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Wednesday, November 23, 2016

Prepared and Ready Wins the Game

Throughout my career as a soccer player in high school, college, and beyond, and extending my view as a spectator, I have noticed something peculiar about goals tallied in certain time frames of a soccer game.

I have come across statisticians that have confirmed my perception. That is, there are a disproportionately higher rate of goals scored in the first and last five minutes of each half of a game. What does this mean? And, what does it have to do with education and instruction???

First, there are many possible reasons for this anomaly in soccer goals - and we will transfer that perspective to a school setting later in the Blog. 

However, one primary attribution points to preparation and readiness. Teams that are well prepared for the game, mentally as much as physically, and  focused at the sound of the opening whistle to start the game or second half, will have an advantage over an opponent who is prepared but not ready. In other words, teams at risk for winning may begin the contest with an objective and strategy, but aren't at peak alertness in the first minute.

That may account for the percentage of goals scored in the first five minutes, but what about the last five minutes of the half or game?

During that time, goals scored are largely a function of which team is yearning for a break at halftime as a refuge for the physically exhausted and/or an escape for those emotionally weary of the persistent attack or momentum of their opponent, and which team exhibits endurance physically and a relentless commitment to pursue success.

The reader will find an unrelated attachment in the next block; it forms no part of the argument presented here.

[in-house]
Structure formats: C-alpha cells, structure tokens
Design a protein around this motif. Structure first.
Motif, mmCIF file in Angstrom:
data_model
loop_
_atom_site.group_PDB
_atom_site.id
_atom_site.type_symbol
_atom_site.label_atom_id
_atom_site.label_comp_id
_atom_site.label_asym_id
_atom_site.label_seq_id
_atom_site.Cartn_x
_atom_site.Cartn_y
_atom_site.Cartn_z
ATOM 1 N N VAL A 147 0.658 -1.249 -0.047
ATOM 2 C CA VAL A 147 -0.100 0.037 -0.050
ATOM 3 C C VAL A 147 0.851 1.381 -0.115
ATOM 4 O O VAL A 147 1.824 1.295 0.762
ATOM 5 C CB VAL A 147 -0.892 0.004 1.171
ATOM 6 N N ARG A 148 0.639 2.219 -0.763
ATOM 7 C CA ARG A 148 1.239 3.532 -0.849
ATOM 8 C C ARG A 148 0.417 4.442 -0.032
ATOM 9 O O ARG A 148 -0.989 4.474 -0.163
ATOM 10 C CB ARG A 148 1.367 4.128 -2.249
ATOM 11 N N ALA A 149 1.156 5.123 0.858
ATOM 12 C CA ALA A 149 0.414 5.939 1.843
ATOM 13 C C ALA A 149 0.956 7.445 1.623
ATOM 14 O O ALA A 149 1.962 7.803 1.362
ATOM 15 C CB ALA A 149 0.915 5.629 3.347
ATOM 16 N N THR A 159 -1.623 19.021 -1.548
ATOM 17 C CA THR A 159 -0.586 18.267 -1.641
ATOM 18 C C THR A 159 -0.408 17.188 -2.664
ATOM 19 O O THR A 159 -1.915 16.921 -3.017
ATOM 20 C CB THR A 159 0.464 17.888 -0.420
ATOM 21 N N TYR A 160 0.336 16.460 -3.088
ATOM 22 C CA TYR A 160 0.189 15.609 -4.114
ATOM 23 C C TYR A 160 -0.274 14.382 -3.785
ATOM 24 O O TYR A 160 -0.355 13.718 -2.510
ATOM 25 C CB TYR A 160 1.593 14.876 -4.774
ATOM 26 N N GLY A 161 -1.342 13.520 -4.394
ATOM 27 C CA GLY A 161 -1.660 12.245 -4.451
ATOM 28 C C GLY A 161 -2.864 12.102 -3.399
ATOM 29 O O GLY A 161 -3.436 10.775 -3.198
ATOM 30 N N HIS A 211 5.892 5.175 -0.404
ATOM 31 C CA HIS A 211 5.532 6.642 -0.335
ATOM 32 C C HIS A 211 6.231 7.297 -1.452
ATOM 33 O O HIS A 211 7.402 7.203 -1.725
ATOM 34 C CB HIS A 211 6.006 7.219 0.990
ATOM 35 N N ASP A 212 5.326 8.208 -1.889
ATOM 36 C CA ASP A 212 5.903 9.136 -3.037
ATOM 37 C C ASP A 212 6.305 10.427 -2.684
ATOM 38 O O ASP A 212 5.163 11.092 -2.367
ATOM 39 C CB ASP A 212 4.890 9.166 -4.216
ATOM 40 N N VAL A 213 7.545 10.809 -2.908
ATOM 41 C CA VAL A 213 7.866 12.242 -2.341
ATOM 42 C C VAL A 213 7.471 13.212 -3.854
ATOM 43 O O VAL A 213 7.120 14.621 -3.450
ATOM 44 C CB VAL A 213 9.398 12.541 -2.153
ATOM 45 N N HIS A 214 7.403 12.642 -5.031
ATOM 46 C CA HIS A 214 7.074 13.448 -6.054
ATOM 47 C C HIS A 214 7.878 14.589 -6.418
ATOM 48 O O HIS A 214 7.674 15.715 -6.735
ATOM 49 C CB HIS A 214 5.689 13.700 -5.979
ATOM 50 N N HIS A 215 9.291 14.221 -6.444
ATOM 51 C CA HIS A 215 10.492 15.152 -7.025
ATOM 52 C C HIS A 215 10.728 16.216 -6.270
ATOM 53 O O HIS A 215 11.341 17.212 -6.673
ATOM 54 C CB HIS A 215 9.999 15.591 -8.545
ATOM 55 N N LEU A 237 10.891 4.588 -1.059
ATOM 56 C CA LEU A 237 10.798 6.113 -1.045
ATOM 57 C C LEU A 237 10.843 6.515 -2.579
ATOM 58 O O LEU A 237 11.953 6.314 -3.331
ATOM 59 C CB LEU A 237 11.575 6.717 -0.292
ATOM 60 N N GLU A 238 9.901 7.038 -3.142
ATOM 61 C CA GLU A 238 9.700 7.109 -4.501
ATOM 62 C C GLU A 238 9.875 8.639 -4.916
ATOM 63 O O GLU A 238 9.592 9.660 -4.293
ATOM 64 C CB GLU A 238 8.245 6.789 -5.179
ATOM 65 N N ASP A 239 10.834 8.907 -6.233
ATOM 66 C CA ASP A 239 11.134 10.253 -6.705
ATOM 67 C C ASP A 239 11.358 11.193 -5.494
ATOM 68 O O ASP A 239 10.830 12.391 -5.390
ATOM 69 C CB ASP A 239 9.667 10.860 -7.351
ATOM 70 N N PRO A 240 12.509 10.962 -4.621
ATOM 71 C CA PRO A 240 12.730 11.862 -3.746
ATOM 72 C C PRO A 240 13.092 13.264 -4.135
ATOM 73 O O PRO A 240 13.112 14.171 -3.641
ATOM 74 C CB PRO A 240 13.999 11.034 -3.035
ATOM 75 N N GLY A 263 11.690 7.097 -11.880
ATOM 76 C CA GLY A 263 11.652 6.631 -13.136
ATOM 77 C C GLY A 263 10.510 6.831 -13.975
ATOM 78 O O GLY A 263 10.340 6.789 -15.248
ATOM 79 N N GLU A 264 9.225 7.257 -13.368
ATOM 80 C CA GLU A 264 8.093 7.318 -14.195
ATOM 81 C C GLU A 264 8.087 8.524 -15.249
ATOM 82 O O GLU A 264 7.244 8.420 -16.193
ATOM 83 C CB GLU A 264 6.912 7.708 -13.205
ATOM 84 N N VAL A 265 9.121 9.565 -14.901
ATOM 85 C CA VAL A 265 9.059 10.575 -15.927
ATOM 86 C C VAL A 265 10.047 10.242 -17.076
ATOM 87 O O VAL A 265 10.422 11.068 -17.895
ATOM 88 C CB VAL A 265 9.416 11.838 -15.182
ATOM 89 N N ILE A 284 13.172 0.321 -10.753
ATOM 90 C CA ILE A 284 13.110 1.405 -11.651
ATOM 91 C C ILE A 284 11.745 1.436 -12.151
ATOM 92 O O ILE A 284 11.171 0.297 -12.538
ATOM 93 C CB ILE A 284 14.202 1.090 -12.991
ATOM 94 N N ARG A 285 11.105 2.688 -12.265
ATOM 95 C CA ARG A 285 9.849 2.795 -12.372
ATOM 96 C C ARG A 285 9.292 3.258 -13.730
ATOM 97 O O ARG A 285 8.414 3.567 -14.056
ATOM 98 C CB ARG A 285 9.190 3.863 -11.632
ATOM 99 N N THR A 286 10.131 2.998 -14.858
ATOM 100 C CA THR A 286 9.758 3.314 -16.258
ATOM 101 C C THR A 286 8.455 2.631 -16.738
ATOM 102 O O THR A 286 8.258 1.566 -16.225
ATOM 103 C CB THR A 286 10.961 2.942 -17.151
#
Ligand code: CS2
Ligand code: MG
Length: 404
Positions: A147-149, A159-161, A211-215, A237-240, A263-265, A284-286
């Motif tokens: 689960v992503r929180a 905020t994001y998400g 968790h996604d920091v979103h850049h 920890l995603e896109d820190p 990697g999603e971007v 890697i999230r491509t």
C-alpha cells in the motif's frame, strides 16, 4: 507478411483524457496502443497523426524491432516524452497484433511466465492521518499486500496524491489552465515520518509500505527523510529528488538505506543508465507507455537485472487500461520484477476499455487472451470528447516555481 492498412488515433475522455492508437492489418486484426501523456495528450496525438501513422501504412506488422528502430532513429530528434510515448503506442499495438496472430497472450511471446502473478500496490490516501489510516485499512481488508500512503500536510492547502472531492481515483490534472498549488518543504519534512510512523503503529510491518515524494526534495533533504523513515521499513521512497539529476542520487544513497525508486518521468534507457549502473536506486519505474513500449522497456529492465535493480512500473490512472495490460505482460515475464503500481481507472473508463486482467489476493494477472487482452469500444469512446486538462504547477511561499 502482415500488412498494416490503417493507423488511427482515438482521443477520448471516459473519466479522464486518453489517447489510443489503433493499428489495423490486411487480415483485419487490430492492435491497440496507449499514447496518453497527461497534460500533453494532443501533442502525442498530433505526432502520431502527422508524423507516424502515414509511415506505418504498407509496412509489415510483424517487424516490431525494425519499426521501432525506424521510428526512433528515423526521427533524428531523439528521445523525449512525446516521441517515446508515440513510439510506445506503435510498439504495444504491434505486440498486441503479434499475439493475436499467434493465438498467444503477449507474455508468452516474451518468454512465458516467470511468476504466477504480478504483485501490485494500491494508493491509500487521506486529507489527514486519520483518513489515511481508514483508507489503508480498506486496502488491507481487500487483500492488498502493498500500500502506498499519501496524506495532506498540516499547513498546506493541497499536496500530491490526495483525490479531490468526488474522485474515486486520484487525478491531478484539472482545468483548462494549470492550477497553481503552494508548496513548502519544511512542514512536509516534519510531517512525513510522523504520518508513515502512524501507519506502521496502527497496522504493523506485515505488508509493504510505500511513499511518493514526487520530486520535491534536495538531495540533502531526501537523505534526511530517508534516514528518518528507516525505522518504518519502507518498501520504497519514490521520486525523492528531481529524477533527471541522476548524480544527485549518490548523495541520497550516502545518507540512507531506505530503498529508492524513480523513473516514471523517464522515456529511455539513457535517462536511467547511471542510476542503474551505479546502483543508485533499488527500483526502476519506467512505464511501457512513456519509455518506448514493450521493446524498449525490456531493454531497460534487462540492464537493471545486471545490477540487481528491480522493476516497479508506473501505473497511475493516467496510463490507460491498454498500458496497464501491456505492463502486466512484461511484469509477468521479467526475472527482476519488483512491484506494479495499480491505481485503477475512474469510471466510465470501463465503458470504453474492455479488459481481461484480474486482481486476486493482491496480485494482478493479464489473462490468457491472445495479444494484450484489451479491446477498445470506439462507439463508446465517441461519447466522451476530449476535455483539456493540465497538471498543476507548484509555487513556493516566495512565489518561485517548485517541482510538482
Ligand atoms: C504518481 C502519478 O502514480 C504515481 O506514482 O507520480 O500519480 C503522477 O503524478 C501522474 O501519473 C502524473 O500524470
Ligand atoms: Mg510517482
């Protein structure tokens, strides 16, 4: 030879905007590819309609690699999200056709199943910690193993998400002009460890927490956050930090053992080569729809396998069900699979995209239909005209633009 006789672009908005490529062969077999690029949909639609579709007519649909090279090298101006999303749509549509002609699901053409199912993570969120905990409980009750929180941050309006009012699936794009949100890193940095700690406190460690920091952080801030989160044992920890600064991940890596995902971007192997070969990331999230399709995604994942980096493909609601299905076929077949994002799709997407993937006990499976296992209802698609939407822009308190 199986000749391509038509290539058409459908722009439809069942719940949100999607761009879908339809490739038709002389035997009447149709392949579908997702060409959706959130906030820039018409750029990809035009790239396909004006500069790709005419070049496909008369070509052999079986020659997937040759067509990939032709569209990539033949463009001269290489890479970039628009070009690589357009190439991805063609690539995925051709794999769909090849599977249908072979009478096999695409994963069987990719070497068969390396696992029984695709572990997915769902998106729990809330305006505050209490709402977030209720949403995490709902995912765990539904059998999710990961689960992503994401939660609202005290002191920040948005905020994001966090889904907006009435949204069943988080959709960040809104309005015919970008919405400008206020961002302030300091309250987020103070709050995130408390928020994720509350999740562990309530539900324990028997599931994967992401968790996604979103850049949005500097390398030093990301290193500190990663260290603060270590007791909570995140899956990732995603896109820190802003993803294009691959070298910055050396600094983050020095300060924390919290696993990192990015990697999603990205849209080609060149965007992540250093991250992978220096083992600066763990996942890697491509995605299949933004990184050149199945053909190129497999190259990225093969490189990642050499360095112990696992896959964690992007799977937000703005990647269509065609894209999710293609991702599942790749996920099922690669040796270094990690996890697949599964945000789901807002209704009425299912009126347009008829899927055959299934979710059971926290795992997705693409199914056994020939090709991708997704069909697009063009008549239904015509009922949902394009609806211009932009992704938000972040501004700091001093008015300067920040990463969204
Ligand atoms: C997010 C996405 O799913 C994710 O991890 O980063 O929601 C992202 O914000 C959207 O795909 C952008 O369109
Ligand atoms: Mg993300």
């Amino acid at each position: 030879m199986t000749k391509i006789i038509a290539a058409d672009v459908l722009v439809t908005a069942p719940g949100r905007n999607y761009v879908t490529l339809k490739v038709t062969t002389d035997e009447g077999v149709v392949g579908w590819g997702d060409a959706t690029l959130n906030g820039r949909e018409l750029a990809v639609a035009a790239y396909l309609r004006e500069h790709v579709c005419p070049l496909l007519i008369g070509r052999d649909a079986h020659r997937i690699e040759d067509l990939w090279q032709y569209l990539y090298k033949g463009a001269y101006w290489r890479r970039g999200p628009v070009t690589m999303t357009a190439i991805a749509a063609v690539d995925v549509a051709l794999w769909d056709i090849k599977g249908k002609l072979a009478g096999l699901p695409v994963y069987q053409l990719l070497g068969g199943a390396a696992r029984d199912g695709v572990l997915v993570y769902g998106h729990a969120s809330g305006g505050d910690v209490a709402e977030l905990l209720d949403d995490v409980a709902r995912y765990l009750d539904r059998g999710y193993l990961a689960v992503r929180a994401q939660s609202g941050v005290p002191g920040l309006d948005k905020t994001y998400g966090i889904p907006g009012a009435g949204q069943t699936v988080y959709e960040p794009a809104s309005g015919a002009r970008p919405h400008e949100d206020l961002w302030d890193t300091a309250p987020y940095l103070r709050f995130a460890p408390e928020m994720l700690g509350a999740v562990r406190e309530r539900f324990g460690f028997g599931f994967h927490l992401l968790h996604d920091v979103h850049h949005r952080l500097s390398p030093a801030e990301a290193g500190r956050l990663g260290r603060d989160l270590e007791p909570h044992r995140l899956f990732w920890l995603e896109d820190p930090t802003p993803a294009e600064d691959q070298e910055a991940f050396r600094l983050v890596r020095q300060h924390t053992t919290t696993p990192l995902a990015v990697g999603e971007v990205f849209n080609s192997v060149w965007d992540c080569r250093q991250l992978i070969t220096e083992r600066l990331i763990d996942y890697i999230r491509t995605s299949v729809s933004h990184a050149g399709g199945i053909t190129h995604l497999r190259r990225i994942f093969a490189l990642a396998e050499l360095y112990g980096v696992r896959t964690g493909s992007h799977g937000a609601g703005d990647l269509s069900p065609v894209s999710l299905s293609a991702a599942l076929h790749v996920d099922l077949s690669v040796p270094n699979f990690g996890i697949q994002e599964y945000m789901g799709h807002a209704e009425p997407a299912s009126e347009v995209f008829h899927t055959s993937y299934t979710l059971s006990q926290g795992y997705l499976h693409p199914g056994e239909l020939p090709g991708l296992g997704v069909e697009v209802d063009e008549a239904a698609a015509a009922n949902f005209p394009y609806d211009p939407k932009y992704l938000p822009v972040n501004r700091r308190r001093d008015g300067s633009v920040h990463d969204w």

It's a difference between a team playing "not to lose" as opposed to a team that "plays to win." They both reflect an aversion to losing, but their perspectives reveal their potential outcomes.

How does that work in school?

At this time, schools are all preparing for the fragmented November (Veterans Day and Thanksgiving and half days for Parent Conferences) and entering December within view of an eagerly anticipated holiday break of at least a week.
The school staff that limps through this time period, hoping to make it to those days off, is less likely to achieve the gains made by a staff at a school that recognizes the advantage of consuming every minute as an opportunity to advance learning experiences and leverage progress toward instructional goals.

Conversely, how schools re-start after a weeks vacation, be it holiday, winter, or spring break, determines how far they will go toward attaining yearly objectives. Does your school instantly re-focus and pick up where it left off before the break, or do they slowly assemble and eventually stumble to the starting line? 

The moral of the story is to be prepared, ready, and willing to optimize success in school by sustaining focus and intensity each and every day without wasting the valuable resource of time by resting and easing into these breaks in the school calendar. The most affluent and high performing schools have the same limited amount of time as the most impoverished and lowest achieving school. Among the distinctions between the two is how they use that available time. 

Be game ready! (but enjoy the holidays too) 

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